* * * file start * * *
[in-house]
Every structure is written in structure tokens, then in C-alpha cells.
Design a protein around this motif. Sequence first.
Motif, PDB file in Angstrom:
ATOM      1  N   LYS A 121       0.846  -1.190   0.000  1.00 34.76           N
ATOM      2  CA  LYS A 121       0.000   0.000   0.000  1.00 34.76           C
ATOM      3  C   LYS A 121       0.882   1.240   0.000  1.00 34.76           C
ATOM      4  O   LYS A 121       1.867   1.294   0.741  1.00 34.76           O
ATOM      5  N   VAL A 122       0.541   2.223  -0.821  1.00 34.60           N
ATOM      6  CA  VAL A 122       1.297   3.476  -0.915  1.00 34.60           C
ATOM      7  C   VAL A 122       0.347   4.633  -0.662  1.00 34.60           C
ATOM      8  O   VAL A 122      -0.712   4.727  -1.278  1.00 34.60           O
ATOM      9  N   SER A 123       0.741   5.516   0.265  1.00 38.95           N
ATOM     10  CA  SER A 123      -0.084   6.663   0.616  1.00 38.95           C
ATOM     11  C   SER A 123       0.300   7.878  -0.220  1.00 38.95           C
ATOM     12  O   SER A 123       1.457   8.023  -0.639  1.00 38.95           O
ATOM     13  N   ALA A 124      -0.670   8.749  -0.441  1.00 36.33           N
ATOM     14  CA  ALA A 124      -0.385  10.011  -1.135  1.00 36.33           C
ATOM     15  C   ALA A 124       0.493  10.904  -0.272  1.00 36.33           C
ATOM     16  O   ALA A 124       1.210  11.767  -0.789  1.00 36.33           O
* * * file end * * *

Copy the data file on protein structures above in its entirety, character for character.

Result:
[in-house]
Every structure is written in structure tokens, then in C-alpha cells.
Design a protein around this motif. Sequence first.
Motif, PDB file in Angstrom:
ATOM      1  N   LYS A 121       0.846  -1.190   0.000  1.00 34.76           N
ATOM      2  CA  LYS A 121       0.000   0.000   0.000  1.00 34.76           C
ATOM      3  C   LYS A 121       0.882   1.240   0.000  1.00 34.76           C
ATOM      4  O   LYS A 121       1.867   1.294   0.741  1.00 34.76           O
ATOM      5  N   VAL A 122       0.541   2.223  -0.821  1.00 34.60           N
ATOM      6  CA  VAL A 122       1.297   3.476  -0.915  1.00 34.60           C
ATOM      7  C   VAL A 122       0.347   4.633  -0.662  1.00 34.60           C
ATOM      8  O   VAL A 122      -0.712   4.727  -1.278  1.00 34.60           O
ATOM      9  N   SER A 123       0.741   5.516   0.265  1.00 38.95           N
ATOM     10  CA  SER A 123      -0.084   6.663   0.616  1.00 38.95           C
ATOM     11  C   SER A 123       0.300   7.878  -0.220  1.00 38.95           C
ATOM     12  O   SER A 123       1.457   8.023  -0.639  1.00 38.95           O
ATOM     13  N   ALA A 124      -0.670   8.749  -0.441  1.00 36.33           N
ATOM     14  CA  ALA A 124      -0.385  10.011  -1.135  1.00 36.33           C
ATOM     15  C   ALA A 124       0.493  10.904  -0.272  1.00 36.33           C
ATOM     16  O   ALA A 124       1.210  11.767  -0.789  1.00 36.33           O